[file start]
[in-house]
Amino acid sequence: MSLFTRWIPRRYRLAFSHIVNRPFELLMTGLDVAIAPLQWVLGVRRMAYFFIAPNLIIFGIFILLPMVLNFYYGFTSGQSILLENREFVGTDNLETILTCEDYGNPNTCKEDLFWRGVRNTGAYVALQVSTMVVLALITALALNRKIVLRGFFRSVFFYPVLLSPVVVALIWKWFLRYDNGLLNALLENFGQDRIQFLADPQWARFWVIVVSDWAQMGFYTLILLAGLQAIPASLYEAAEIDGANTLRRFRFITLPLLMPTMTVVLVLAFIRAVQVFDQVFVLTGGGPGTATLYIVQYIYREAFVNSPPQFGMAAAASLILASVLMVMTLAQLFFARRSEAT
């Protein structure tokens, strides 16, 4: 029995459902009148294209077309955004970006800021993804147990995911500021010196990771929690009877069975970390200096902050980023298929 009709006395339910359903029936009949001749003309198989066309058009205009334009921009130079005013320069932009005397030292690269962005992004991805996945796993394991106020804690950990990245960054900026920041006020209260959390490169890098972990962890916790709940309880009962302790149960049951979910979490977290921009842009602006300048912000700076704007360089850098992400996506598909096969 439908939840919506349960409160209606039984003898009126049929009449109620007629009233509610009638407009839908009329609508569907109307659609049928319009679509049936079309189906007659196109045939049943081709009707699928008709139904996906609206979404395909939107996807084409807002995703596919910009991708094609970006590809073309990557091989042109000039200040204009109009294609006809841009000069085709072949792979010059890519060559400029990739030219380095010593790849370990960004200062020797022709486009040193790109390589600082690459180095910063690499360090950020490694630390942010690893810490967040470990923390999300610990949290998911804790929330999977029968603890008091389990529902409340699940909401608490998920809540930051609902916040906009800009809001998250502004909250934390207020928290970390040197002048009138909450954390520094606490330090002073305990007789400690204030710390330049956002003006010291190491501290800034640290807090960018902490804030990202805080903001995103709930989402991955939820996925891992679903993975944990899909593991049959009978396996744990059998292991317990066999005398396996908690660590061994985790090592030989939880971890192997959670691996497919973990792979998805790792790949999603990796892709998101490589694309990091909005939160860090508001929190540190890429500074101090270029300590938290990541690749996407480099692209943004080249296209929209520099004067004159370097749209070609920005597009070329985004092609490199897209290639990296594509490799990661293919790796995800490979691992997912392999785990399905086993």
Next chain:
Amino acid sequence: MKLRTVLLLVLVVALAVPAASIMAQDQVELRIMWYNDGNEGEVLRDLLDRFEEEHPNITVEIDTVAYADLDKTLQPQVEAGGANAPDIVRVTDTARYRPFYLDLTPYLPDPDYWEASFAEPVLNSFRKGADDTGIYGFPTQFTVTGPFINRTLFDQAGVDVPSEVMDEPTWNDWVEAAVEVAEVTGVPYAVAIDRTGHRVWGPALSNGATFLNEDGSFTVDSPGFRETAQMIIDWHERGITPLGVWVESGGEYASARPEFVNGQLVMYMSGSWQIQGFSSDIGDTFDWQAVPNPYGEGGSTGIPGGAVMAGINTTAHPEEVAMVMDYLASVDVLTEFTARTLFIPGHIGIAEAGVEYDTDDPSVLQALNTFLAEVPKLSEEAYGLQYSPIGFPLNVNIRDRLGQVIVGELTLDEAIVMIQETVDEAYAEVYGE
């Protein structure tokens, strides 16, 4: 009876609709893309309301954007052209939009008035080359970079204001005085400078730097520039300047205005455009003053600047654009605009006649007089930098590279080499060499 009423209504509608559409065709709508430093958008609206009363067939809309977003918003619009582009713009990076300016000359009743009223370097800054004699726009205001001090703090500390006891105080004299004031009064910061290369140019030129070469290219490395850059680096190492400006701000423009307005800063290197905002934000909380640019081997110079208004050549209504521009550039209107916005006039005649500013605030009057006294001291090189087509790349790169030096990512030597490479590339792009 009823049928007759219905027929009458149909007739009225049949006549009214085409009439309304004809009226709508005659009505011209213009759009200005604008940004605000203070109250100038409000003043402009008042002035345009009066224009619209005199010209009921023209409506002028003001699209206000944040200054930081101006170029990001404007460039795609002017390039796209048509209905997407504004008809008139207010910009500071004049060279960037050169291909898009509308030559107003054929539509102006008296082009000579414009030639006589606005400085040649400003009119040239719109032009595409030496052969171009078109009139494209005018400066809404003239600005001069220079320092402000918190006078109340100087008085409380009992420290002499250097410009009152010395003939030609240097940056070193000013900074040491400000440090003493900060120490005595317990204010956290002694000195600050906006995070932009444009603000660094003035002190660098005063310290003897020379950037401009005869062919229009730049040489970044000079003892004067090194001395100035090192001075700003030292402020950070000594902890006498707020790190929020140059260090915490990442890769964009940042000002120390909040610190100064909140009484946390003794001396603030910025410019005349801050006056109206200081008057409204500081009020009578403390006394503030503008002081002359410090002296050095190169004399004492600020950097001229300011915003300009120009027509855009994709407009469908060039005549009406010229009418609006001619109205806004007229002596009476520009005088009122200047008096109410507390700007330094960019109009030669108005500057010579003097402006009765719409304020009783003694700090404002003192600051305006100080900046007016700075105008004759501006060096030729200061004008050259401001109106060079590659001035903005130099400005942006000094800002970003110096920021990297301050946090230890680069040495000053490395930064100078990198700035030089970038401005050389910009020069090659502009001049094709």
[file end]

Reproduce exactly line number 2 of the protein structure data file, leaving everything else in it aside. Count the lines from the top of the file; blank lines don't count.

Amino acid sequence: MSLFTRWIPRRYRLAFSHIVNRPFELLMTGLDVAIAPLQWVLGVRRMAYFFIAPNLIIFGIFILLPMVLNFYYGFTSGQSILLENREFVGTDNLETILTCEDYGNPNTCKEDLFWRGVRNTGAYVALQVSTMVVLALITALALNRKIVLRGFFRSVFFYPVLLSPVVVALIWKWFLRYDNGLLNALLENFGQDRIQFLADPQWARFWVIVVSDWAQMGFYTLILLAGLQAIPASLYEAAEIDGANTLRRFRFITLPLLMPTMTVVLVLAFIRAVQVFDQVFVLTGGGPGTATLYIVQYIYREAFVNSPPQFGMAAAASLILASVLMVMTLAQLFFARRSEAT